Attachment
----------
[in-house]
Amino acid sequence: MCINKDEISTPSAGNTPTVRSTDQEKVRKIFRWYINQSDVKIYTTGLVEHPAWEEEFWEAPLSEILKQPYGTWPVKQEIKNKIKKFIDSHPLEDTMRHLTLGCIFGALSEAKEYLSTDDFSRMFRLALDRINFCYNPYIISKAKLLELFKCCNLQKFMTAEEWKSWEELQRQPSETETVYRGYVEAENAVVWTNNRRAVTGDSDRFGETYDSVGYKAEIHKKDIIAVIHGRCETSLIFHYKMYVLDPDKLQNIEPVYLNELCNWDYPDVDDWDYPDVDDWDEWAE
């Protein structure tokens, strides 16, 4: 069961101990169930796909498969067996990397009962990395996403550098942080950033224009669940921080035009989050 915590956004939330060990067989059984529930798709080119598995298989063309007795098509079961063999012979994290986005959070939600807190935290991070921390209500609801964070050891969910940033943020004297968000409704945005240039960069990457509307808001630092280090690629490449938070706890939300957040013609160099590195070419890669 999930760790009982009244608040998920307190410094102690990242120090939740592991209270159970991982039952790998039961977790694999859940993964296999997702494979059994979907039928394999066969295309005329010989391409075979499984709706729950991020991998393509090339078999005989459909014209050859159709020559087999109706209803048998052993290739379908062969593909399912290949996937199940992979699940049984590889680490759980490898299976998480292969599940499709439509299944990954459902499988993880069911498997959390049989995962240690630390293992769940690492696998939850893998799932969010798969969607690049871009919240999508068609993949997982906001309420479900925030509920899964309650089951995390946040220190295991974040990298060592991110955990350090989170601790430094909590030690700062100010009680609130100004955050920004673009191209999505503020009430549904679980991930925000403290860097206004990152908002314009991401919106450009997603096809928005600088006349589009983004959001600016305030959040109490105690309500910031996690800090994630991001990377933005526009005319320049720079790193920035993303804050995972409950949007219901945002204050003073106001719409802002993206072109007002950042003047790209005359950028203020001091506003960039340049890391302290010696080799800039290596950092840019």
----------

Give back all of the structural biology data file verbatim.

[in-house]
Amino acid sequence: MCINKDEISTPSAGNTPTVRSTDQEKVRKIFRWYINQSDVKIYTTGLVEHPAWEEEFWEAPLSEILKQPYGTWPVKQEIKNKIKKFIDSHPLEDTMRHLTLGCIFGALSEAKEYLSTDDFSRMFRLALDRINFCYNPYIISKAKLLELFKCCNLQKFMTAEEWKSWEELQRQPSETETVYRGYVEAENAVVWTNNRRAVTGDSDRFGETYDSVGYKAEIHKKDIIAVIHGRCETSLIFHYKMYVLDPDKLQNIEPVYLNELCNWDYPDVDDWDYPDVDDWDEWAE
């Protein structure tokens, strides 16, 4: 069961101990169930796909498969067996990397009962990395996403550098942080950033224009669940921080035009989050 915590956004939330060990067989059984529930798709080119598995298989063309007795098509079961063999012979994290986005959070939600807190935290991070921390209500609801964070050891969910940033943020004297968000409704945005240039960069990457509307808001630092280090690629490449938070706890939300957040013609160099590195070419890669 999930760790009982009244608040998920307190410094102690990242120090939740592991209270159970991982039952790998039961977790694999859940993964296999997702494979059994979907039928394999066969295309005329010989391409075979499984709706729950991020991998393509090339078999005989459909014209050859159709020559087999109706209803048998052993290739379908062969593909399912290949996937199940992979699940049984590889680490759980490898299976998480292969599940499709439509299944990954459902499988993880069911498997959390049989995962240690630390293992769940690492696998939850893998799932969010798969969607690049871009919240999508068609993949997982906001309420479900925030509920899964309650089951995390946040220190295991974040990298060592991110955990350090989170601790430094909590030690700062100010009680609130100004955050920004673009191209999505503020009430549904679980991930925000403290860097206004990152908002314009991401919106450009997603096809928005600088006349589009983004959001600016305030959040109490105690309500910031996690800090994630991001990377933005526009005319320049720079790193920035993303804050995972409950949007219901945002204050003073106001719409802002993206072109007002950042003047790209005359950028203020001091506003960039340049890391302290010696080799800039290596950092840019």